Checkout charity – or point-of-sale fundraising – is big business for national nonprofits. But the question here is: Can this type of fundraiser work for smaller, local organizations?
Stores everywhere are getting involved, restaurants too and even local utility companies. After all, what harm is there in asking for a dollar or two to support a worthy cause? A cashier requesting your checkout change while you’re at the cash register is hardly going to break-the-bank.
Point-of-sale fundraising, or “checkout charity,” has become a popular fundraising approach for nonprofits, raising money without a big outlay. The concept also has appeal for retailers, giving them the opportunity to appear altruistic and compassionate with little or no expense.
Checkout charity and consumers
Generally consumers are advised to only donate to recognized organizations with verifiable results. If your nonprofit isn’t big enough to show up on the radar of the big industry players, working locally within the community you serve is one way to reach the donors most impacted by your mission.
The concept of point-of-sale fundraisers has been around for a long time and, despite the love/hate reactions of shoppers, continues to be a major force in cause marketing. Certainly rounding up or donating a couple of dollars at the checkout has become commonplace at grocery stores, drug stores, even restaurants to the dismay of some customers.
The small, local charity that is feeding the hungry, sheltering the homeless or caring for abandoned animals is a force for good, improving life for everyone in the community. If you’re not very big, go local for donations where your brand will be recognized.
Point-of-sale fundraisers are good news
The figures point to one simple fact: checkout charity works and to the tune of some $388 million that was raised at the cash register during 2014. Small change isn’t so small when you put a lot of it together.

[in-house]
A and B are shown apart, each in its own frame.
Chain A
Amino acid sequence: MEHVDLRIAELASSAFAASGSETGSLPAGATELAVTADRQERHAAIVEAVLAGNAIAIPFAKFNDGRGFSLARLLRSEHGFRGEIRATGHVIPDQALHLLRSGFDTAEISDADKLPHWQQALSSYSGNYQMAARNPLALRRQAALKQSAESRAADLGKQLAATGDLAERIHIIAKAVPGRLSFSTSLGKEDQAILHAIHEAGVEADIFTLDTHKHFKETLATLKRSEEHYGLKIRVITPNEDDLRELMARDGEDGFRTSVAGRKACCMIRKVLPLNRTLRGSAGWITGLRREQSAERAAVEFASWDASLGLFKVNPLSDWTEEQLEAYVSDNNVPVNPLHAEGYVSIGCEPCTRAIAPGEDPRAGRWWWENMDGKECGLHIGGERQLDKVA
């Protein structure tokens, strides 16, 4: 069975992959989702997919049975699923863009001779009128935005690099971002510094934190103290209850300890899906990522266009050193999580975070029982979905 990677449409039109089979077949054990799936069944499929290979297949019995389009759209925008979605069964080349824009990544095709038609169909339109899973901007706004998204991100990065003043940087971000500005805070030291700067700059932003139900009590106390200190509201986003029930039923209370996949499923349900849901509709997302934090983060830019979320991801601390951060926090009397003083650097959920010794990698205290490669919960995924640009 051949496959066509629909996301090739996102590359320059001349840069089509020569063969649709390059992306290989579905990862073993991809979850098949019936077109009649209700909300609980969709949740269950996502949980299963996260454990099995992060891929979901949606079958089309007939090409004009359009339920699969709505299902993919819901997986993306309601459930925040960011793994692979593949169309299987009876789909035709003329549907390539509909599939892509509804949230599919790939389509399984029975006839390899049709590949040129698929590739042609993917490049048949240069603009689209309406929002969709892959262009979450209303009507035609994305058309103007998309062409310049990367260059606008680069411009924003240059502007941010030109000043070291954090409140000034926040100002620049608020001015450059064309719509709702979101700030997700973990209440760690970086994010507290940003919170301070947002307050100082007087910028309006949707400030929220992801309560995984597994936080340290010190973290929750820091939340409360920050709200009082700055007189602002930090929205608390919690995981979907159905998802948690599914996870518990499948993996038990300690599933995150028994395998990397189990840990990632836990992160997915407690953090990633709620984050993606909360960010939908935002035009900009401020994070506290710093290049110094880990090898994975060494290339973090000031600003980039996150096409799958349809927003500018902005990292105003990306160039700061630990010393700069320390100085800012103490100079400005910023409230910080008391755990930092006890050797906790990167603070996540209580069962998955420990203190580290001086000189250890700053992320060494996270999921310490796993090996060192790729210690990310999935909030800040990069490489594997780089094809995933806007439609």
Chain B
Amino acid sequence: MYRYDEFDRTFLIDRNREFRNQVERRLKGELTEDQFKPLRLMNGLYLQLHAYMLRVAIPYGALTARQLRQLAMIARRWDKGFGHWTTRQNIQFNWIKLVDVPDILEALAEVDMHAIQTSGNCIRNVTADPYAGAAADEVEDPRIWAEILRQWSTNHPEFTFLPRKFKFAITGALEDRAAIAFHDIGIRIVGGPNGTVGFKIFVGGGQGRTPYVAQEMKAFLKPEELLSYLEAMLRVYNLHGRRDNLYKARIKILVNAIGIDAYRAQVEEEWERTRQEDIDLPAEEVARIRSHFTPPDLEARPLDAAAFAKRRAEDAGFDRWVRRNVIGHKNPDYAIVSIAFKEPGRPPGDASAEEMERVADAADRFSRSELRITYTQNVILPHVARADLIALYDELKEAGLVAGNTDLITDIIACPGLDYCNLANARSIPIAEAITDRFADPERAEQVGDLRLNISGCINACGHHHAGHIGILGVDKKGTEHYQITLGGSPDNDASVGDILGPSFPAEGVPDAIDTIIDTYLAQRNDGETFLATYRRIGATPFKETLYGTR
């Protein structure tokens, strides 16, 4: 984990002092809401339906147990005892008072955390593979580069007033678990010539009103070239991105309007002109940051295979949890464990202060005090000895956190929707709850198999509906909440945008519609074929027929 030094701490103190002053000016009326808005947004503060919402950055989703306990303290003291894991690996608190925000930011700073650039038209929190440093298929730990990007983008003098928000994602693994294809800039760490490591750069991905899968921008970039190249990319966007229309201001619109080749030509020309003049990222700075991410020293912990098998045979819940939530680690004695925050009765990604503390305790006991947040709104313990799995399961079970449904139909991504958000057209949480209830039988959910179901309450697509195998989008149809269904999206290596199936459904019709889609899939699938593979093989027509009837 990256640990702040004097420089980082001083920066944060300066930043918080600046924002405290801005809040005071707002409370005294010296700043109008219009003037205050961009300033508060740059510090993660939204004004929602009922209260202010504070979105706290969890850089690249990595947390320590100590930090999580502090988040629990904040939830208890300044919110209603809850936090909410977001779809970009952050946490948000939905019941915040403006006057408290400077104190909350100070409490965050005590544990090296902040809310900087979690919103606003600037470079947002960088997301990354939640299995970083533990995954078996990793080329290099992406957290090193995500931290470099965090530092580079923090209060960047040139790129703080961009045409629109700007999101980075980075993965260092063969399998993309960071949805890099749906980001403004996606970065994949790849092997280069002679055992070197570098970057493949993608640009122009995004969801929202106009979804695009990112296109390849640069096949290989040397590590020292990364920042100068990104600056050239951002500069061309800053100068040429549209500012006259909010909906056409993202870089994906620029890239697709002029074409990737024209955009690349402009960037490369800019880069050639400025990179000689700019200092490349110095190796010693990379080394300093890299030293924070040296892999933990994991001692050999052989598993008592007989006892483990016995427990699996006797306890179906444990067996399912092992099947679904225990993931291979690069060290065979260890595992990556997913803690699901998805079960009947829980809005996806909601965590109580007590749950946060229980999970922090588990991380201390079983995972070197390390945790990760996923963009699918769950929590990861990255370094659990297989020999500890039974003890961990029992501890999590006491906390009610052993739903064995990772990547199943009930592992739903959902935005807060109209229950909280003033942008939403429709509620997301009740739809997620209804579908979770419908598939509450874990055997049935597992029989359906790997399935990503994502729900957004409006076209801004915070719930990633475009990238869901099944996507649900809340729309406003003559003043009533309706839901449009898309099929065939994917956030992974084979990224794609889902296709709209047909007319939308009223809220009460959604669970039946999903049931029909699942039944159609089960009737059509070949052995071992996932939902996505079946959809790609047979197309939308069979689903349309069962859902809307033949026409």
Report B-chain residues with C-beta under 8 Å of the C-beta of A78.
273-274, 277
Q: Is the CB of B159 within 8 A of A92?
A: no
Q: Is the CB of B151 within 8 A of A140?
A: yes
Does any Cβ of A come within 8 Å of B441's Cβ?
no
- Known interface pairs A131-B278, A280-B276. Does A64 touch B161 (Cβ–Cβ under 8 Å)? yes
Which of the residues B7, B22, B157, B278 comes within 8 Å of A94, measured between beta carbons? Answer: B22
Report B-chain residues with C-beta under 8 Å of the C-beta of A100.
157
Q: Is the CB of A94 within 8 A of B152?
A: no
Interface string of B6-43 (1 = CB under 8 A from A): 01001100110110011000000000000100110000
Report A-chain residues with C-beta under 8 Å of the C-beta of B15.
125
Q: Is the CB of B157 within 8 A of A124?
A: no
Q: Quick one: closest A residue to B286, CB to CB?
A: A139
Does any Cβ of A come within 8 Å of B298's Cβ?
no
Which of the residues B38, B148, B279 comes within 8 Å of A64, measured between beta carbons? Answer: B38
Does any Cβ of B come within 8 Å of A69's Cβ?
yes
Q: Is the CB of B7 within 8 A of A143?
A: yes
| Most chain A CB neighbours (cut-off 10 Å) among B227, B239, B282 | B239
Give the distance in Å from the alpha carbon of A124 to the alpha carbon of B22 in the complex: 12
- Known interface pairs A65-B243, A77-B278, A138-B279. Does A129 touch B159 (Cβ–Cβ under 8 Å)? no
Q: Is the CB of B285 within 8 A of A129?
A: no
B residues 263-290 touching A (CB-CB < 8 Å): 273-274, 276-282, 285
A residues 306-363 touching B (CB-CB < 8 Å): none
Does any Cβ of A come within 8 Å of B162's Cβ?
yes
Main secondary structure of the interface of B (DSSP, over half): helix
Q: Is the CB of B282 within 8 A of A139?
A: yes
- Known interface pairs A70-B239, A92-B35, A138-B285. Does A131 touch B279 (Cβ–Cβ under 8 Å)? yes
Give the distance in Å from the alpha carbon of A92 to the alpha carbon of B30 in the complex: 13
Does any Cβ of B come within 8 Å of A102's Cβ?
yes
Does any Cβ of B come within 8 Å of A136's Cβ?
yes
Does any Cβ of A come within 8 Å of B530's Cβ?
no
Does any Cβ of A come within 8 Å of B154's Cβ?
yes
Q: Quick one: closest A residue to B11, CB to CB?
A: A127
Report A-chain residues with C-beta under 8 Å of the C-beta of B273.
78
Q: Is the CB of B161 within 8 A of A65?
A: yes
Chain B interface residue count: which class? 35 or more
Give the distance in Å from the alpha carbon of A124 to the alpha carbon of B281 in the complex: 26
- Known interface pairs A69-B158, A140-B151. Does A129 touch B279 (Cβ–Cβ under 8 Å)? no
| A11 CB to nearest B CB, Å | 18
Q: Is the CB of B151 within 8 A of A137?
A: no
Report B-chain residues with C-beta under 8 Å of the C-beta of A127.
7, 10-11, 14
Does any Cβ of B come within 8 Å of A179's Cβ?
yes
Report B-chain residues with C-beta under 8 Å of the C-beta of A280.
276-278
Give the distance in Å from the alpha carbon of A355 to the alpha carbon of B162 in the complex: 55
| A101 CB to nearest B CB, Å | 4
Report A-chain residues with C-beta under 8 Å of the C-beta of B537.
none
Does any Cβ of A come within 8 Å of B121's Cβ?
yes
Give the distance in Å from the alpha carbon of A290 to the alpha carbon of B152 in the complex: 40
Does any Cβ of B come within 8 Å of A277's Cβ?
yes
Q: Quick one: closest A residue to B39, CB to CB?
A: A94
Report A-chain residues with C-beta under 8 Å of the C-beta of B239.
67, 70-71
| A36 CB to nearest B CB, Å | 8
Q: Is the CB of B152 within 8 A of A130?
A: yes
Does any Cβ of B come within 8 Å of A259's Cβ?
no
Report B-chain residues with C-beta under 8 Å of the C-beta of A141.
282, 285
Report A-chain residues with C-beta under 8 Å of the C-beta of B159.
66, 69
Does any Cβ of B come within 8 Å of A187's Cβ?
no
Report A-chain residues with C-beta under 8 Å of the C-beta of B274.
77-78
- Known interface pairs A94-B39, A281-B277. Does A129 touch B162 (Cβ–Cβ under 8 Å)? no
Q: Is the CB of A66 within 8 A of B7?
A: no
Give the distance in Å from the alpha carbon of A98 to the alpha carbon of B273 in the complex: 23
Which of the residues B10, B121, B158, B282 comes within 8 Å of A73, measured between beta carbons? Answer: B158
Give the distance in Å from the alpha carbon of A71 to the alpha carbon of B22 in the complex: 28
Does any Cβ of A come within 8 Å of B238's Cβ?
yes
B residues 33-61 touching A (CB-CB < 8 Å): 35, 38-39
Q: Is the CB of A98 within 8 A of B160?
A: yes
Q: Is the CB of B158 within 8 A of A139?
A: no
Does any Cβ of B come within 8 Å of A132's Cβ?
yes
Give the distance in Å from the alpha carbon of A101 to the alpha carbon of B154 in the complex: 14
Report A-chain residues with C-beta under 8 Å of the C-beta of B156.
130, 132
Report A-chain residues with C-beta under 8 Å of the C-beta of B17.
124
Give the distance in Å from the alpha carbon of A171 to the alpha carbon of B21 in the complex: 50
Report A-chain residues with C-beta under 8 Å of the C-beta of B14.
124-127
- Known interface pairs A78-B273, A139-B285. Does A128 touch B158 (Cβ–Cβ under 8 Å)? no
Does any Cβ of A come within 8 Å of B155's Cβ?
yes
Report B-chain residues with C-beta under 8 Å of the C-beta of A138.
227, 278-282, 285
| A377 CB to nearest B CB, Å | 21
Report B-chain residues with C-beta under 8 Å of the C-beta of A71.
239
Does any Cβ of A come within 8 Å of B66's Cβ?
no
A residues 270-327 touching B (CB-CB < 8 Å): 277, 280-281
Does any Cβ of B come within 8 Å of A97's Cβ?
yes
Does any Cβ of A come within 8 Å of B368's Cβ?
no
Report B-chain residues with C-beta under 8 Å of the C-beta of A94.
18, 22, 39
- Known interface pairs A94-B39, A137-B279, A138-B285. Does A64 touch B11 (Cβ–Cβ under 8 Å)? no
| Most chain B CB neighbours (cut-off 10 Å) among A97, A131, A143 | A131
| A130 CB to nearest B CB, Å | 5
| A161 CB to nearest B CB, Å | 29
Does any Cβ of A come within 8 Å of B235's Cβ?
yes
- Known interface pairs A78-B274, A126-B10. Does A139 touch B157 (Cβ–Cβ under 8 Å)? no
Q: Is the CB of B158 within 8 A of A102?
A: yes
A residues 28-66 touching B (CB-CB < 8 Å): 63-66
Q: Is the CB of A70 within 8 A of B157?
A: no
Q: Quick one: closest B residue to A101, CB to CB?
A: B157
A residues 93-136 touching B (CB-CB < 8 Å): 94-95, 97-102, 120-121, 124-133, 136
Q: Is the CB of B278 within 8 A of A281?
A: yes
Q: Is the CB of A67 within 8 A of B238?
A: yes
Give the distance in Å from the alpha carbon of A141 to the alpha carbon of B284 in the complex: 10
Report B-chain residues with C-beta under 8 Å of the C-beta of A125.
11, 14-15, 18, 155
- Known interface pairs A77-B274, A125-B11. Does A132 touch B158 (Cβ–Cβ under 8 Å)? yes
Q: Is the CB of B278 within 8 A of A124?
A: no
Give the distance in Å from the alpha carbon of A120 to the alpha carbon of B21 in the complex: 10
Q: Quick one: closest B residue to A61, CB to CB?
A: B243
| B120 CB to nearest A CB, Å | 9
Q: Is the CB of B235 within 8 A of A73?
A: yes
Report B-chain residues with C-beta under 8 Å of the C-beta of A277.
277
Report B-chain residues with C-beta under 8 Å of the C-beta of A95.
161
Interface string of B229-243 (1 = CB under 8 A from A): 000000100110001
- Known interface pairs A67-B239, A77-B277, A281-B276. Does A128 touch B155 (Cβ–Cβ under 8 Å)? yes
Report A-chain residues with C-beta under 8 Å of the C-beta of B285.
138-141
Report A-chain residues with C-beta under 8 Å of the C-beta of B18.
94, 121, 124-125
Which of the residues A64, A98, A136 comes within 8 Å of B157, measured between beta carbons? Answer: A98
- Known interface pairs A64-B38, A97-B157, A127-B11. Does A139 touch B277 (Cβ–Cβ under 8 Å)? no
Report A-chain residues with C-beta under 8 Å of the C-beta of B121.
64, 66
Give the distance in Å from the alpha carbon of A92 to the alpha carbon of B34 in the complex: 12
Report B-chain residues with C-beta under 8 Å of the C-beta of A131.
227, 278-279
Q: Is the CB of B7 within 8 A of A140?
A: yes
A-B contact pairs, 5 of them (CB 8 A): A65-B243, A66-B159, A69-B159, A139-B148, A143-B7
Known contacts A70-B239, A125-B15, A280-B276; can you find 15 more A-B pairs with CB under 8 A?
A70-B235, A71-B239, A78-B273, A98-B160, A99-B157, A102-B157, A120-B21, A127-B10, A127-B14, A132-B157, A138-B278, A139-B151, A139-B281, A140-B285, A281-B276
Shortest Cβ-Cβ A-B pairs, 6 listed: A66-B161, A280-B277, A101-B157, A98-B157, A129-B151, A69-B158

One charity benefiting from a point-of-sale campaign was the Streetdog Foundation, who partnered with pet retailer, Hollywood Feed. The regional chain of pet food stores based in Memphis gave shoppers a chance to support Streetdog; a stray and abandoned animal rescue that provides medical and shelter care, and finds forever homes. Hollywood Feed customers contributed $13,000 in the last few months of 2012 and $9,000 more in January 2013, simply by making micro-donations while paying for products and services.
For small organizations, checkout charity should be one of the cornerstones of a cause marketing program for the following reasons.
- The retailer doesn’t usually take a piece of the action or charge the nonprofit a fee.
- Checkout charity is profitable – successful point-of-sale fundraisers have been happening for years.
- Checkout charity is an affordable strategy and one that’s easy to implement.
- Point-of-sale fundraising requires less work (and less people) to implement than other campaigns.
- Checkout charity can be promoted through your social media channels like Twitter, or Facebook because it’s flexible and promotional.
- You can incorporate a charity checkout campaign into another fundraiser such as a walkathon. Enlist point-of-sale partners in place of more customary sponsors.
- For your retail partners, checkout charity can engage customers when co-marketed with coupons or other tactics, attracting new shoppers.
Pairing your point-of-sale campaign with allied businesses could result in even more donations. A food-bank asking for donations at the supermarket or an animal shelter pairing up with the local pet store are natural matches. Checkout fundraisers are successful because that’s where the money is.
Checkout charity has some snags
Despite the success, there are factors inherent in the system that can never replace conventional fundraisers like mail appeals. For one thing, it’s impossible to collect names and addresses to build your database at the checkout. Recognize that checkout charity is just one tool in your arsenal of fundraising strategies and plan accordingly.
Characteristically, there are usually two emotions at play when shoppers are confronted with requests for money at the checkout: benevolence here is often driven by the urge to experience the positive feeling of giving or to avoid looking bad in the eyes of fellow shoppers waiting in line behind you.
Of course, donations at the checkout aren’t obligatory, but some folks who would rather know where their donations are going instead of giving to some faceless national organization. But here is where the smaller homegrown charity, active in the community and known locally for its mission, can benefit.
From supermarkets to restaurants
Checkout charity is bigger than ever as this recent survey revealed. The concept has evolved from supermarkets and drug stores to electricity co-ops and restaurants.
Point-of-sale fundraising and “round-it-up” campaigns are all tailor-made to provide financial assistance to local nonprofit organizations and community projects such as food shelves, community health programs, volunteer fire departments and rural ambulance services.
The sad fact is budget cuts have hit many programs traditionally funded by other means and greatly increased the need for contributions. Smaller agencies and local nonprofits will benefit from the collective small change donated by these initiatives.